Roro Agreement Egypt Turkey

In September 2014, Egypt`s foreign minister cancelled a meeting requested by Turkey with Turkish President Erdoğan, after Erdoğan gave a critical speech about Egypt at the UN General Assembly. [22] An adviser to the Turkish president denied that the countries` leaders planned to meet. Subsequently, however, the Egyptian Foreign Ministry distributed to the media a scanned document of the Turkish meeting proposal and was published by the Egyptian newspaper Youm7. [23] Sisi`s government also decided to repeal the «ro-ro» agreement with Turkey and prevent Turkey from transporting Turkish containers into the Gulf through Egyptian ports. [24] An intense campaign by Egypt and Saudi Arabia against Turkey caused the Egyptian and Saudi Republic to lose its intended easy victory over membership of the UN Security Council. [25] In 1925, Turkey entered into diplomatic relations with Egypt at the level of the Business Lot and downgraded its mission in Cairo to the level of ambassadors in 1948. Both countries have embassies and consulates general in the capitals of the other. The two countries signed a free trade agreement in December 2005. Both countries are full members of the Union for the Mediterranean.

A natural gas deal between Egypt and Turkey – the largest joint project between Egypt and Turkey to date, estimated at $4 billion – will be implemented. [Citation required] On 16 April 2008, Egypt and Turkey signed a Memorandum of Understanding to improve and promote military relations and cooperation between the two countries. The ship used by Menalines is now Anna Marine (formerly Stena Leader). The bilateral trade agreement has many advantages for Egypt and aims to support the Egyptian economy and contribute to the benefit of its geographical location. Egypt has the development potential to become a logistics center worldwide. The service will facilitate Egyptian exports to Turkey and Russia and other markets in Eastern Europe, Central Asia and northern Iraq. The agreement signed in 2012 allowed Turkish carriers to bypass dangerous routes from Syria and Iraq in order to meet export targets in the Persian Gulf. Ro-ro is an agreement signed by Egypt and Turkey in March 2012 to facilitate the transfer of exports between the two countries. The agreement aims to use Egyptian ports to transport Turkish exports of food, electrical appliances and textiles to the Gulf countries, after the Syrian authorities closed the crossing points to Turkish trade.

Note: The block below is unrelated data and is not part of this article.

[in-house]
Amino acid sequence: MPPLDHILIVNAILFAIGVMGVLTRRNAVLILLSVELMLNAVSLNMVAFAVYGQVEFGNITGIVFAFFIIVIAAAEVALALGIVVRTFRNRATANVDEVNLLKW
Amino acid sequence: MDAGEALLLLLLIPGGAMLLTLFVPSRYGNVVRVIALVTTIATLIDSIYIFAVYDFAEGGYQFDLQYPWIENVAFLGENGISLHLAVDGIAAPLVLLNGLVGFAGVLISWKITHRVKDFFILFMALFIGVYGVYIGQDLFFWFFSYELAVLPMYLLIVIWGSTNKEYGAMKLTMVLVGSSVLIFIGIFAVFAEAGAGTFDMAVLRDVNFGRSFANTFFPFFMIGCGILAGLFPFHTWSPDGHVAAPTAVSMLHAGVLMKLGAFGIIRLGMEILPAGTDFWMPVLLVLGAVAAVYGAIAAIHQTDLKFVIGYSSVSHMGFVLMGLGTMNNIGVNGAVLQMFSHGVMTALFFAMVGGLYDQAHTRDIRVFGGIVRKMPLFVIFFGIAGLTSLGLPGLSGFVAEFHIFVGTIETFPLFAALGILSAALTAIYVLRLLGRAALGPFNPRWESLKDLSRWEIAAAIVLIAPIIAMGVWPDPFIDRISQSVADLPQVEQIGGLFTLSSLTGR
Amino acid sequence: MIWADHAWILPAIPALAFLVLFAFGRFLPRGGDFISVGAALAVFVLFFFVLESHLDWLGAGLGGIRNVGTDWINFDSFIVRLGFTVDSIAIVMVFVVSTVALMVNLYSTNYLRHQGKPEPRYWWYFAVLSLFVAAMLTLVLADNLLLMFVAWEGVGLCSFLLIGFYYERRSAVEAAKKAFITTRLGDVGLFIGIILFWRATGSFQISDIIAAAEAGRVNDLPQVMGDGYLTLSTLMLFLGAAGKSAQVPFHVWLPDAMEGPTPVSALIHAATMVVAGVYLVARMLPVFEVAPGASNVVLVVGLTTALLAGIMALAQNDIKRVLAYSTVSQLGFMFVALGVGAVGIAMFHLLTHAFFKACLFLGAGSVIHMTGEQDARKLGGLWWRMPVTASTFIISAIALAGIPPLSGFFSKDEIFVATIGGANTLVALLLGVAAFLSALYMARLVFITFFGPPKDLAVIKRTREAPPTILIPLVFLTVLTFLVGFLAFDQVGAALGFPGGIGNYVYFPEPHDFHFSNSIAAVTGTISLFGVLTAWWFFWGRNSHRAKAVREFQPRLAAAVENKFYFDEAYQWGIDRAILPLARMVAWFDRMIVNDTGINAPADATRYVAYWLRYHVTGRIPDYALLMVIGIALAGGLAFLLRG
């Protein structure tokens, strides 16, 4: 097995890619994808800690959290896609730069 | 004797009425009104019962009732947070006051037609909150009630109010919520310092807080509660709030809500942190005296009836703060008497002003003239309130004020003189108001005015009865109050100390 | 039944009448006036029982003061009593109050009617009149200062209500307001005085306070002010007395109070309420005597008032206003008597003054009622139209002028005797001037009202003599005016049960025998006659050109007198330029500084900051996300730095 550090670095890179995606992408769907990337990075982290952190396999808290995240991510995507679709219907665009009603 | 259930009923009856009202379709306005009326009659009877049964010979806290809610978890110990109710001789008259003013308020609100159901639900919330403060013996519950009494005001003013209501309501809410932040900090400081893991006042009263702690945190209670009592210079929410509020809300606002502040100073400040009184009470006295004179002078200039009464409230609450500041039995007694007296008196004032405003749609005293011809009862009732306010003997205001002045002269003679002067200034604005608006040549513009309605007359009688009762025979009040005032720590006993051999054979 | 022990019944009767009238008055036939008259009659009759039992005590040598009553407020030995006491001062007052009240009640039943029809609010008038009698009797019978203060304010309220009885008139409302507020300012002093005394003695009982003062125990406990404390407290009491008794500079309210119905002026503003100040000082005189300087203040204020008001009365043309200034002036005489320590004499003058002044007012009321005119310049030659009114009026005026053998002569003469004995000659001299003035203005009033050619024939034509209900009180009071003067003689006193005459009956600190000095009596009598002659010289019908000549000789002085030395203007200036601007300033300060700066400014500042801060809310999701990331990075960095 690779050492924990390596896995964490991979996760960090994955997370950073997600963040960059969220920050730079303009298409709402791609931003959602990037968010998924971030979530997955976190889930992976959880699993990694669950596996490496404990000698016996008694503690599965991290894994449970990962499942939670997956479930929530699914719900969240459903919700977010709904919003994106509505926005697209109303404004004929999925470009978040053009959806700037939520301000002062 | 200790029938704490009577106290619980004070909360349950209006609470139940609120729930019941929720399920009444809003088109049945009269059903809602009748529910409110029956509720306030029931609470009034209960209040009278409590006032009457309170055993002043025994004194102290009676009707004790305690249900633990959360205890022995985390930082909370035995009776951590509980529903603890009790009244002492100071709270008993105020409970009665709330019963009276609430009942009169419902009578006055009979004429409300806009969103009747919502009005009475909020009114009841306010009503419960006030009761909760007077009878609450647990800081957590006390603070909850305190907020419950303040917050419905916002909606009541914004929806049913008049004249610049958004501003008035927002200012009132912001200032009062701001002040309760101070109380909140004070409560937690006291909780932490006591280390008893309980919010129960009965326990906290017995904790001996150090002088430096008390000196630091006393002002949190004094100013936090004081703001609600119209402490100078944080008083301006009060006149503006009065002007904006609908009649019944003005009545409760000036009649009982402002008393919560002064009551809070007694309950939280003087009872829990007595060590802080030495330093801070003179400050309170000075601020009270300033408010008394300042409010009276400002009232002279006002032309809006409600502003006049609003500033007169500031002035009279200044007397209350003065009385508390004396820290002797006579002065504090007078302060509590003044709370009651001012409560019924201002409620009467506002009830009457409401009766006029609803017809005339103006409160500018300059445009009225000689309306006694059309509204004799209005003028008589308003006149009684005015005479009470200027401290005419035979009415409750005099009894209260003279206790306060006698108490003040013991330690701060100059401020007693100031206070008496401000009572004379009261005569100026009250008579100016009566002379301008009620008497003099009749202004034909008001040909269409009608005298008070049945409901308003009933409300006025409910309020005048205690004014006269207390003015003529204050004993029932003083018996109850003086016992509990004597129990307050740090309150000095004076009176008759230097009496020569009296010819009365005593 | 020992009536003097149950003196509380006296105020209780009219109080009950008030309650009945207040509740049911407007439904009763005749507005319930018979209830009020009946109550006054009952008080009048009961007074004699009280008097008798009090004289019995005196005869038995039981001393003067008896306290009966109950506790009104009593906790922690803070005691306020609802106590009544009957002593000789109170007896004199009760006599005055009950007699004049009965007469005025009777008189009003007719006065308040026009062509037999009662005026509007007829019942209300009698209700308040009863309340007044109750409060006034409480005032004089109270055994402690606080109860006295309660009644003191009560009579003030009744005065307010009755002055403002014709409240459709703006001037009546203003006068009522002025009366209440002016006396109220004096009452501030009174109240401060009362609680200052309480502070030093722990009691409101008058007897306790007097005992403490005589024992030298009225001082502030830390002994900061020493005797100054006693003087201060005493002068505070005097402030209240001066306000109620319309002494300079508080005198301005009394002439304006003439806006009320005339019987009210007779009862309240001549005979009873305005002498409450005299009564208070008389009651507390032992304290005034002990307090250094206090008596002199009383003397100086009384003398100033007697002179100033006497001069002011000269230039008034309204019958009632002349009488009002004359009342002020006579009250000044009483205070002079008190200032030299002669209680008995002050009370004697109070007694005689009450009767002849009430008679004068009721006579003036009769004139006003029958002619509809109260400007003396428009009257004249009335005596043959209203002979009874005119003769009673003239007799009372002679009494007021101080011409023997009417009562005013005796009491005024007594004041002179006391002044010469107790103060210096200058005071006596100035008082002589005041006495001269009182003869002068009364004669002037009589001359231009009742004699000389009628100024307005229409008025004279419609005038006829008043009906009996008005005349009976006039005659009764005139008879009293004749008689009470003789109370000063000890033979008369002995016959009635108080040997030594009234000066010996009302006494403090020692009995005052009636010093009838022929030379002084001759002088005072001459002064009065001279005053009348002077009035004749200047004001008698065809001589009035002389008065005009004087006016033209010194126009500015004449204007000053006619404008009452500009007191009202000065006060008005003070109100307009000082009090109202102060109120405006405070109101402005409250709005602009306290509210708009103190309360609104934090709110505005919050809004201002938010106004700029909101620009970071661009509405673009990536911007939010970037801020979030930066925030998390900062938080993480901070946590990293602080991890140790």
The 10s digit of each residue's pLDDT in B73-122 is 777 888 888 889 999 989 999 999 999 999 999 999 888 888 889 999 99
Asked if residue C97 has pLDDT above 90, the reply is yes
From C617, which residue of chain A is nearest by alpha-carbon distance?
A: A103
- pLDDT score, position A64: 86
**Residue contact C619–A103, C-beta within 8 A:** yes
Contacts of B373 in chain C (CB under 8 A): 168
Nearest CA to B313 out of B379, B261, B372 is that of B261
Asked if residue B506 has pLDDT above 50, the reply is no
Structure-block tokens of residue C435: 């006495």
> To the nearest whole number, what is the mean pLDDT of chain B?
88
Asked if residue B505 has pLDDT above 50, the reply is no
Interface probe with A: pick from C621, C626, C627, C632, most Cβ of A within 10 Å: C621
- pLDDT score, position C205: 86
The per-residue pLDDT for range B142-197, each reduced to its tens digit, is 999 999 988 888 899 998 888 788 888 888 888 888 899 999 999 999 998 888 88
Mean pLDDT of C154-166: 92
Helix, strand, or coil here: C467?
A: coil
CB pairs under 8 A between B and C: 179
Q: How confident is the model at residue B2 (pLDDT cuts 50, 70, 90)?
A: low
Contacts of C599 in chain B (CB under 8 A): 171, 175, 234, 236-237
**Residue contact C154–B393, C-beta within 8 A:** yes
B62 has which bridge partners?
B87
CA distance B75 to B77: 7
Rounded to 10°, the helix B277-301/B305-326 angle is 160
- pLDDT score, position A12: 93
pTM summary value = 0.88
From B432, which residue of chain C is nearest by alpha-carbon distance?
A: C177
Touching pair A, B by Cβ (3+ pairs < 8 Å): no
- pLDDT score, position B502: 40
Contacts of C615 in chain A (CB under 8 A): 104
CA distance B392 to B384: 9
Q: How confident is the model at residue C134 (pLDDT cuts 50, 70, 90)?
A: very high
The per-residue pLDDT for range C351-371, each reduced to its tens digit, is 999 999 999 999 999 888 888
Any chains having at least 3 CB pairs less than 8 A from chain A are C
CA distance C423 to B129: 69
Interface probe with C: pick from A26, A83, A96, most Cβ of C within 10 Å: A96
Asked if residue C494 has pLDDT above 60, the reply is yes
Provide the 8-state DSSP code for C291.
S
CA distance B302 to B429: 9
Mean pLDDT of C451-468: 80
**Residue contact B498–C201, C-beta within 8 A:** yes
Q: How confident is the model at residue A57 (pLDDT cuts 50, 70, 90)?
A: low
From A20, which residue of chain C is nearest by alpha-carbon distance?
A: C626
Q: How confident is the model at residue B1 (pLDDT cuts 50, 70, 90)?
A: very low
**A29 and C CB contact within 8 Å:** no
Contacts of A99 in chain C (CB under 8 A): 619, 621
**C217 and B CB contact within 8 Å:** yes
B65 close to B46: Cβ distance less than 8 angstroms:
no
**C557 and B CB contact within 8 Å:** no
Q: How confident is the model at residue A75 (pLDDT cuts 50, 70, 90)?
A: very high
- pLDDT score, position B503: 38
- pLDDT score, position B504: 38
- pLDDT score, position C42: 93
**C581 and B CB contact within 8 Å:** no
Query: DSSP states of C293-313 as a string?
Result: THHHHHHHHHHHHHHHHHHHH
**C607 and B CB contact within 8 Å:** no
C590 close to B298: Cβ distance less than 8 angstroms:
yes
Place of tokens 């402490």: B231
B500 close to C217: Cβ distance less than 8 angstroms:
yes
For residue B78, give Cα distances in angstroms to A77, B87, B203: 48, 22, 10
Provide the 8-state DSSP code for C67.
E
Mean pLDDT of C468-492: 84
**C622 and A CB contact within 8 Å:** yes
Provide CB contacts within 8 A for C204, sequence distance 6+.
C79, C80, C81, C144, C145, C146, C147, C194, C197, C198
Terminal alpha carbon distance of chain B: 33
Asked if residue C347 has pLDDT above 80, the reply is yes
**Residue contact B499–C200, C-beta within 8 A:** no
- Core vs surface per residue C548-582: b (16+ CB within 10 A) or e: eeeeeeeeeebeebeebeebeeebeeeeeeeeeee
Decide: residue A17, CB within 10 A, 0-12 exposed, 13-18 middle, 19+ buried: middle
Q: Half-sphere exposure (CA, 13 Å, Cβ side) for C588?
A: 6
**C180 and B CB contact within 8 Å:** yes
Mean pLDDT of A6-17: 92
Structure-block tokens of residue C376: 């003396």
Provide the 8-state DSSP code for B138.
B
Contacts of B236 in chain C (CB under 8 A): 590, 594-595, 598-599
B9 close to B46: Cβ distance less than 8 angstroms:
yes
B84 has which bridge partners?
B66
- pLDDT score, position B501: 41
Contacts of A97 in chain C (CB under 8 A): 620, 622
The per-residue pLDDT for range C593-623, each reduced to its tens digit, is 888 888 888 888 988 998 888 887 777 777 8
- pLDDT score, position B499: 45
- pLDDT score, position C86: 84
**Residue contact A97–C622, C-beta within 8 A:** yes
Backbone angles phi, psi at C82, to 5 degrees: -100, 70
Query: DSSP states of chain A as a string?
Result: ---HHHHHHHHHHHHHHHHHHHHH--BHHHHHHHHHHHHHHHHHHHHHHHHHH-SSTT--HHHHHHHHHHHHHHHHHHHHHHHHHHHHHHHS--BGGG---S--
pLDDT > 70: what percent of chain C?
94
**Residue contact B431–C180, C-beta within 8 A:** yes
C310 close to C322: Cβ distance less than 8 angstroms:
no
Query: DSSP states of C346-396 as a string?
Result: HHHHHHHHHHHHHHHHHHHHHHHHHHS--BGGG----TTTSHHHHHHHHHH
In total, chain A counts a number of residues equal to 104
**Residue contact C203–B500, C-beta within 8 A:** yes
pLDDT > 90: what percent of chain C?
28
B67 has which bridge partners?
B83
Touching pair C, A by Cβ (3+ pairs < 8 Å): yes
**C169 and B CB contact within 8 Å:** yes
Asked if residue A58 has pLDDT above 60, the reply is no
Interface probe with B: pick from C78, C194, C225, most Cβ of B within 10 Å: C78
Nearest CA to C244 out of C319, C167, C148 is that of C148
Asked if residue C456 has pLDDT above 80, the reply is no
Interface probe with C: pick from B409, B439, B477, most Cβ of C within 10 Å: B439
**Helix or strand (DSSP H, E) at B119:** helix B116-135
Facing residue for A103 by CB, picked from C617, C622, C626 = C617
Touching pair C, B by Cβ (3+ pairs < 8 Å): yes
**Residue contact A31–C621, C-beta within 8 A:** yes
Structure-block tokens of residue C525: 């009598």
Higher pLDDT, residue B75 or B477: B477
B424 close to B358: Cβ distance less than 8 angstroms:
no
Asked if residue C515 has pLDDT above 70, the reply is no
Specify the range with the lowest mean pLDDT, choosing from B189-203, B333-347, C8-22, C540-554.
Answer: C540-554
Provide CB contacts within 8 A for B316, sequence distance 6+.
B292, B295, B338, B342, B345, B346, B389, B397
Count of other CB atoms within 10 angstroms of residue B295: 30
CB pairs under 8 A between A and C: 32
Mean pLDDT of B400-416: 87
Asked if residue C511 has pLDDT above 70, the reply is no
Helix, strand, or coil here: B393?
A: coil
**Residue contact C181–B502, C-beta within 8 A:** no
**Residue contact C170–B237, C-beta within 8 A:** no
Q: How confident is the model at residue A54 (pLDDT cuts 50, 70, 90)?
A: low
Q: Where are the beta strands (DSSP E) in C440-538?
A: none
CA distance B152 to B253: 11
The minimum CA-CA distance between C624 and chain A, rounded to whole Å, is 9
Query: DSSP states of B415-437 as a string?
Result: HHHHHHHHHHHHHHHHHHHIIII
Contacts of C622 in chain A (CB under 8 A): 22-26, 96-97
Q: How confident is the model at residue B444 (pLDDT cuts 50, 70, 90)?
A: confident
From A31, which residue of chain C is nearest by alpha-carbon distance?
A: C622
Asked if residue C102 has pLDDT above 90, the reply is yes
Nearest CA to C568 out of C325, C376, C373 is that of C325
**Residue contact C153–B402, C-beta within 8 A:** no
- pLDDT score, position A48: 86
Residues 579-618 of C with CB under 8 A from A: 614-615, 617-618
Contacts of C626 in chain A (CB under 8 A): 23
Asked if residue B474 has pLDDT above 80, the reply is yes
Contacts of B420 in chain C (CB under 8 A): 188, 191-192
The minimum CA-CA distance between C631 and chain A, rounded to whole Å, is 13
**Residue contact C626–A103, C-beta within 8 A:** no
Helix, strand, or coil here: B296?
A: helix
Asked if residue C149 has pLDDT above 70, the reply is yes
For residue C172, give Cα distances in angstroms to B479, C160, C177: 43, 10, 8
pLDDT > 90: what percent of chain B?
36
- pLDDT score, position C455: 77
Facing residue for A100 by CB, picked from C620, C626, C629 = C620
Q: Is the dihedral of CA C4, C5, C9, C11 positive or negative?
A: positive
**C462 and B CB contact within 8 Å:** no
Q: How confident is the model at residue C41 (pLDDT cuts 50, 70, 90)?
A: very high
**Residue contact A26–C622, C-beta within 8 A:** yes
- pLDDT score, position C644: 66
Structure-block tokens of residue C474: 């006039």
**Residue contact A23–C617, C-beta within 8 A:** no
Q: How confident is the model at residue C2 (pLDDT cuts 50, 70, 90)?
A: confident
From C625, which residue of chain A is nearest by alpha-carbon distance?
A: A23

As tensions between Egypt and Turkey escalated following the fall of President Mohamed Morsi in 2013, Egypt decided not to renew the ro-ro agreement in 2014. If the deal is not renewed, the direct effect of the cut-off will be to undermine turkey`s nascent truck sector in southern and southeastern Turkey, which is concentrated in the provinces of Mersin, Hatay, Gaziantep, Sanliurfa and Mardin. More importantly, the economic impact is broader. By increasing the downward trend in Turkish exports to the region, the non-renewal of the contract is expected to have a negative effect on an already low growth rate and mitigate the improvement in a chronically high current account deficit since the beginning of 2014. This is all the more likely as Arab consumer demand in the Gulf is dampened by falling global oil prices and the EU`s current economic underperformance, which will likely limit the ensuing quarrels over other export targets. Moreover, Egypt`s decision roughly coincides with a measure taken by the Libyan Government in Tobruk to expel Turkish contractors operating in their territories; another politically entrenched quarrel, which contributes to an emerging trend of regional economic isolation for Turkey. The Egyptian government has decided not to renew a three-year transit agreement with Turkey, which expires on April 22, 2015. The 2012 deal with the toppled Morsi government allowed Turkish trucks to arrive in the Egyptian cities of Alexandria and Port Said by roll-on/roll-off ships and access Egyptian Red Sea ports by land. .

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